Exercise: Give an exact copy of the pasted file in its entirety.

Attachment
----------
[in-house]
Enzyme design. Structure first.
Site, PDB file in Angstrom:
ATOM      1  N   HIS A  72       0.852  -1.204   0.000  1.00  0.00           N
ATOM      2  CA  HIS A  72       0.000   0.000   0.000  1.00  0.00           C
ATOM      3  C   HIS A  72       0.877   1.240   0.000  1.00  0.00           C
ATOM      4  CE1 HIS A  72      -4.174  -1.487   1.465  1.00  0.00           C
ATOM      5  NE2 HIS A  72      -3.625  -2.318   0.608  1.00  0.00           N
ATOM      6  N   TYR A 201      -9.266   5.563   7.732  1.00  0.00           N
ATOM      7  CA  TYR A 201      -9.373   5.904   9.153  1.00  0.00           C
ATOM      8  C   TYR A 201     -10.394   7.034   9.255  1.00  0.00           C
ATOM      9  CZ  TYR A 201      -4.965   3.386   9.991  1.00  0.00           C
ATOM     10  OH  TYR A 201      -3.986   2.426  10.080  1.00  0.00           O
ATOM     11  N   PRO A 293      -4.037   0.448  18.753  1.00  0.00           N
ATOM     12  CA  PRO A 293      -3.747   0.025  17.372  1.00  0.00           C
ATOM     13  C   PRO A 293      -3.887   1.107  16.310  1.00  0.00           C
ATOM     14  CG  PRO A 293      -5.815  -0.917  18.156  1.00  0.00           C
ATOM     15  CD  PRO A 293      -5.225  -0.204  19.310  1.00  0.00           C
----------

[in-house]
Enzyme design. Structure first.
Site, PDB file in Angstrom:
ATOM      1  N   HIS A  72       0.852  -1.204   0.000  1.00  0.00           N
ATOM      2  CA  HIS A  72       0.000   0.000   0.000  1.00  0.00           C
ATOM      3  C   HIS A  72       0.877   1.240   0.000  1.00  0.00           C
ATOM      4  CE1 HIS A  72      -4.174  -1.487   1.465  1.00  0.00           C
ATOM      5  NE2 HIS A  72      -3.625  -2.318   0.608  1.00  0.00           N
ATOM      6  N   TYR A 201      -9.266   5.563   7.732  1.00  0.00           N
ATOM      7  CA  TYR A 201      -9.373   5.904   9.153  1.00  0.00           C
ATOM      8  C   TYR A 201     -10.394   7.034   9.255  1.00  0.00           C
ATOM      9  CZ  TYR A 201      -4.965   3.386   9.991  1.00  0.00           C
ATOM     10  OH  TYR A 201      -3.986   2.426  10.080  1.00  0.00           O
ATOM     11  N   PRO A 293      -4.037   0.448  18.753  1.00  0.00           N
ATOM     12  CA  PRO A 293      -3.747   0.025  17.372  1.00  0.00           C
ATOM     13  C   PRO A 293      -3.887   1.107  16.310  1.00  0.00           C
ATOM     14  CG  PRO A 293      -5.815  -0.917  18.156  1.00  0.00           C
ATOM     15  CD  PRO A 293      -5.225  -0.204  19.310  1.00  0.00           C